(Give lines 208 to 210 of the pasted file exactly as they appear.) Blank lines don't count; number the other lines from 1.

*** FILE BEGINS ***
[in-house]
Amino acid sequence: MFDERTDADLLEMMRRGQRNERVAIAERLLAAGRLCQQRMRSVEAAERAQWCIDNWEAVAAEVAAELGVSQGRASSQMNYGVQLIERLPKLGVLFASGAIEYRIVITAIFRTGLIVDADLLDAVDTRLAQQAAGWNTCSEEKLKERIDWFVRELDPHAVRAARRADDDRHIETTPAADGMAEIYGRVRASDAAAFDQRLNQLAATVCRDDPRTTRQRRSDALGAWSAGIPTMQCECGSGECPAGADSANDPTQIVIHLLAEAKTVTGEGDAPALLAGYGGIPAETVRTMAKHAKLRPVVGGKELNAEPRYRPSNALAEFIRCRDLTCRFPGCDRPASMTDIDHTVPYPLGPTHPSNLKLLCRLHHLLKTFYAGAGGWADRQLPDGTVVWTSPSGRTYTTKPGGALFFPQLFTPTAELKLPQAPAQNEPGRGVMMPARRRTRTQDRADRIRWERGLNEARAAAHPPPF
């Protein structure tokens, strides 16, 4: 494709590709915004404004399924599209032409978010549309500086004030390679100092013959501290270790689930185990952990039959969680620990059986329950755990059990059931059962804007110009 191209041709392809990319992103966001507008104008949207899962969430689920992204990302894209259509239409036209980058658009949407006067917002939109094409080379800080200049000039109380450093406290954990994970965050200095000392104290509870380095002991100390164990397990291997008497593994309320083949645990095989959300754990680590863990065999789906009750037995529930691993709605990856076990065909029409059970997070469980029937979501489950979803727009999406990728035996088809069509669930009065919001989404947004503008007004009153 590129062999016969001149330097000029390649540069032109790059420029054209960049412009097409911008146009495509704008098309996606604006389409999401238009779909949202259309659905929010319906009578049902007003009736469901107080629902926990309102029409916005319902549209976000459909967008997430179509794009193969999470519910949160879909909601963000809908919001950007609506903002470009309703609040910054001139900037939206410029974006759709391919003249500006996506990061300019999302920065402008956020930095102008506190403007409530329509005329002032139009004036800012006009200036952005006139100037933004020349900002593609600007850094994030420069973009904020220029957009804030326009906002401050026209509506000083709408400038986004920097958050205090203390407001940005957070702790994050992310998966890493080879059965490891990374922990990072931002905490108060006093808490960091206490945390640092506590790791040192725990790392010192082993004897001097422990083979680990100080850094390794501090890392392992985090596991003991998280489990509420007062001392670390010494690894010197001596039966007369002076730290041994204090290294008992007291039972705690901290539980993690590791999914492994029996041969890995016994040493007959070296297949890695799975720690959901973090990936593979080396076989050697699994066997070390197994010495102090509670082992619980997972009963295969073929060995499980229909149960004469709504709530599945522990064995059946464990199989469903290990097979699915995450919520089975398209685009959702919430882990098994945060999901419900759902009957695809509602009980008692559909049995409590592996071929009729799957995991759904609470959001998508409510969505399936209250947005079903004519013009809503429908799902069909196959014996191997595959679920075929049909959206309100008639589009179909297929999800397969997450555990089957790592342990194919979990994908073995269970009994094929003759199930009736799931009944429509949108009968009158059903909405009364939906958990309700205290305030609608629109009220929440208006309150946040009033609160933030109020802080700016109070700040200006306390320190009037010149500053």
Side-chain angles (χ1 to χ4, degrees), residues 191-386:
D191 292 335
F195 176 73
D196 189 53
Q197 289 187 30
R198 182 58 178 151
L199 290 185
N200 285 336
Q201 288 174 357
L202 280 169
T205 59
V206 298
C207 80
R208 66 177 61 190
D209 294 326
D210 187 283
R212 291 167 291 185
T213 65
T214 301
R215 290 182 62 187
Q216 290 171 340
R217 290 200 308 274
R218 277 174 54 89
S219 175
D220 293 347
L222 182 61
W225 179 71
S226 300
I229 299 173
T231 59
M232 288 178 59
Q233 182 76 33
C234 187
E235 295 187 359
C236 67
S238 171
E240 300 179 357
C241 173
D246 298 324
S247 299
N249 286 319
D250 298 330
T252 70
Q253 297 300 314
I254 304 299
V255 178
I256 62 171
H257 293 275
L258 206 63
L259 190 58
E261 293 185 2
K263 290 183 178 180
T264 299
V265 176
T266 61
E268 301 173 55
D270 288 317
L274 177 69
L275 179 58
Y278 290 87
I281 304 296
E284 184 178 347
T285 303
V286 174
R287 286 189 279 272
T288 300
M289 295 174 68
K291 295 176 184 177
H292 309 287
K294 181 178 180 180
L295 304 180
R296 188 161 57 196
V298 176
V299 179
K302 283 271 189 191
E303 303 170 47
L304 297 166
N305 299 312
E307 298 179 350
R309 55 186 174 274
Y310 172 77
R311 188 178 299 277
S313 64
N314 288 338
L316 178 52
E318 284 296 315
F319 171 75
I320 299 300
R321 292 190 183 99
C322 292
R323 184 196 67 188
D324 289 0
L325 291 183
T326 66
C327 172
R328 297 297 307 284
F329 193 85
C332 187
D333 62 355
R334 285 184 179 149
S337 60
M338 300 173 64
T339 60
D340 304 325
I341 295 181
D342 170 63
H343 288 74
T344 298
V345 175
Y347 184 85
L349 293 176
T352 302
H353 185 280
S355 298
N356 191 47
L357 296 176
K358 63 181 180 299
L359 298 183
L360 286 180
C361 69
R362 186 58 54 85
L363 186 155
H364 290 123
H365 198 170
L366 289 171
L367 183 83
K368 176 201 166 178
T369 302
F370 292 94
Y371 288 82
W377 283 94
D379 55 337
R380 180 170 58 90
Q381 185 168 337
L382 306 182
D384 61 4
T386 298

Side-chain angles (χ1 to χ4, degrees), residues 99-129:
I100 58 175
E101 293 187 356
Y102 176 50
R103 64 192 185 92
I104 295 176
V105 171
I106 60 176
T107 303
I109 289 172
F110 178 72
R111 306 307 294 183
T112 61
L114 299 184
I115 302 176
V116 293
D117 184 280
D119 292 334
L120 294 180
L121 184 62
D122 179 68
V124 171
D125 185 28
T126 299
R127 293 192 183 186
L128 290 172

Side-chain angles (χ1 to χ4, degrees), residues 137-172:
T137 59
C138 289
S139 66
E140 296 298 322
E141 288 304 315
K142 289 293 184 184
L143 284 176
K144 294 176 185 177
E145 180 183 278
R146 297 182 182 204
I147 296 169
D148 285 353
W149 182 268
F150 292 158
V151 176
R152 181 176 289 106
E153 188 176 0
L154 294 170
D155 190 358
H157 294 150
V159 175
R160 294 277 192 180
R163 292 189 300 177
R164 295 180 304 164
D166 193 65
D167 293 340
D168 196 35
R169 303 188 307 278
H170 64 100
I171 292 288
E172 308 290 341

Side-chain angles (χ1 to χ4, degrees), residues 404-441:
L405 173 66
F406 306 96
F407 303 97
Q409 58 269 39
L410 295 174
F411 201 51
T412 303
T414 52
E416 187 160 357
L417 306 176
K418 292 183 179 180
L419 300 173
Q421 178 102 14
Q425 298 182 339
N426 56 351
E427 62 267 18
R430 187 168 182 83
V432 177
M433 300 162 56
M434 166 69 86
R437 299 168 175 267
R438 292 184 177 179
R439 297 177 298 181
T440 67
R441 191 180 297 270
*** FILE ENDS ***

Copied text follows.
E416 187 160 357
L417 306 176
K418 292 183 179 180